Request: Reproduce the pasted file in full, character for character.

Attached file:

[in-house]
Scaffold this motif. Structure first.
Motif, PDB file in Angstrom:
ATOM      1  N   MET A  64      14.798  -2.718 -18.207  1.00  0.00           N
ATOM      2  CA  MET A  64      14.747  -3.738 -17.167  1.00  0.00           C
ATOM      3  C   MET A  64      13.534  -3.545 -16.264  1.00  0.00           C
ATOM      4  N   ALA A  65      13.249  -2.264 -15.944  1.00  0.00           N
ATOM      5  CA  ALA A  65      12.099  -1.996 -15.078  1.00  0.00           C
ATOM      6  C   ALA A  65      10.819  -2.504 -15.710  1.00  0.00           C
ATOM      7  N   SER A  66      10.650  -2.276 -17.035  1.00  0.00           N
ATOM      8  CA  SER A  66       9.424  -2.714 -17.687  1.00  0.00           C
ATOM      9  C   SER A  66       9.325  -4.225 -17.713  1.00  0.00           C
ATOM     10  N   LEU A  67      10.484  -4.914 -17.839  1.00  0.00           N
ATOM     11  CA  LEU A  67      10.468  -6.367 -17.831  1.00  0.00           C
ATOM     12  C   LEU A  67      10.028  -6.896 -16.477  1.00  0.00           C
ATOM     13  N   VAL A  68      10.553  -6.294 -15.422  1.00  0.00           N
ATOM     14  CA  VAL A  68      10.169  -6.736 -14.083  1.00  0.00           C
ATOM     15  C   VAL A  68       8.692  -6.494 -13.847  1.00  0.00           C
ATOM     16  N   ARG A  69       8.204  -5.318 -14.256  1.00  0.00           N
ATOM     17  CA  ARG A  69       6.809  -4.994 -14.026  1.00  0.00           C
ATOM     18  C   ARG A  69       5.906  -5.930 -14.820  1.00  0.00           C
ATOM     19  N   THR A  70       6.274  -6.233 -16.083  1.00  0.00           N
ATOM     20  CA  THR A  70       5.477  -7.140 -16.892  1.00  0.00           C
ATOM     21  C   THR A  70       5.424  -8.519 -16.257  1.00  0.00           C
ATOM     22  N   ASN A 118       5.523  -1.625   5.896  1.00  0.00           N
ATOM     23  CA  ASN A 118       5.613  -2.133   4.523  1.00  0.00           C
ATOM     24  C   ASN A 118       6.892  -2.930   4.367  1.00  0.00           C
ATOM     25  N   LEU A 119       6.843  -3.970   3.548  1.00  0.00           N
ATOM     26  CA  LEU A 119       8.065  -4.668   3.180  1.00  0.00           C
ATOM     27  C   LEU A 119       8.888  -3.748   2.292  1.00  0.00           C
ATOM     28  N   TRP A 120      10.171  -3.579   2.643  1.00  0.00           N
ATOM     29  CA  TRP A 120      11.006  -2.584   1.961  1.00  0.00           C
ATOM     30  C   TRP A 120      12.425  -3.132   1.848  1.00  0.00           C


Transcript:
[in-house]
Scaffold this motif. Structure first.
Motif, PDB file in Angstrom:
ATOM      1  N   MET A  64      14.798  -2.718 -18.207  1.00  0.00           N
ATOM      2  CA  MET A  64      14.747  -3.738 -17.167  1.00  0.00           C
ATOM      3  C   MET A  64      13.534  -3.545 -16.264  1.00  0.00           C
ATOM      4  N   ALA A  65      13.249  -2.264 -15.944  1.00  0.00           N
ATOM      5  CA  ALA A  65      12.099  -1.996 -15.078  1.00  0.00           C
ATOM      6  C   ALA A  65      10.819  -2.504 -15.710  1.00  0.00           C
ATOM      7  N   SER A  66      10.650  -2.276 -17.035  1.00  0.00           N
ATOM      8  CA  SER A  66       9.424  -2.714 -17.687  1.00  0.00           C
ATOM      9  C   SER A  66       9.325  -4.225 -17.713  1.00  0.00           C
ATOM     10  N   LEU A  67      10.484  -4.914 -17.839  1.00  0.00           N
ATOM     11  CA  LEU A  67      10.468  -6.367 -17.831  1.00  0.00           C
ATOM     12  C   LEU A  67      10.028  -6.896 -16.477  1.00  0.00           C
ATOM     13  N   VAL A  68      10.553  -6.294 -15.422  1.00  0.00           N
ATOM     14  CA  VAL A  68      10.169  -6.736 -14.083  1.00  0.00           C
ATOM     15  C   VAL A  68       8.692  -6.494 -13.847  1.00  0.00           C
ATOM     16  N   ARG A  69       8.204  -5.318 -14.256  1.00  0.00           N
ATOM     17  CA  ARG A  69       6.809  -4.994 -14.026  1.00  0.00           C
ATOM     18  C   ARG A  69       5.906  -5.930 -14.820  1.00  0.00           C
ATOM     19  N   THR A  70       6.274  -6.233 -16.083  1.00  0.00           N
ATOM     20  CA  THR A  70       5.477  -7.140 -16.892  1.00  0.00           C
ATOM     21  C   THR A  70       5.424  -8.519 -16.257  1.00  0.00           C
ATOM     22  N   ASN A 118       5.523  -1.625   5.896  1.00  0.00           N
ATOM     23  CA  ASN A 118       5.613  -2.133   4.523  1.00  0.00           C
ATOM     24  C   ASN A 118       6.892  -2.930   4.367  1.00  0.00           C
ATOM     25  N   LEU A 119       6.843  -3.970   3.548  1.00  0.00           N
ATOM     26  CA  LEU A 119       8.065  -4.668   3.180  1.00  0.00           C
ATOM     27  C   LEU A 119       8.888  -3.748   2.292  1.00  0.00           C
ATOM     28  N   TRP A 120      10.171  -3.579   2.643  1.00  0.00           N
ATOM     29  CA  TRP A 120      11.006  -2.584   1.961  1.00  0.00           C
ATOM     30  C   TRP A 120      12.425  -3.132   1.848  1.00  0.00           C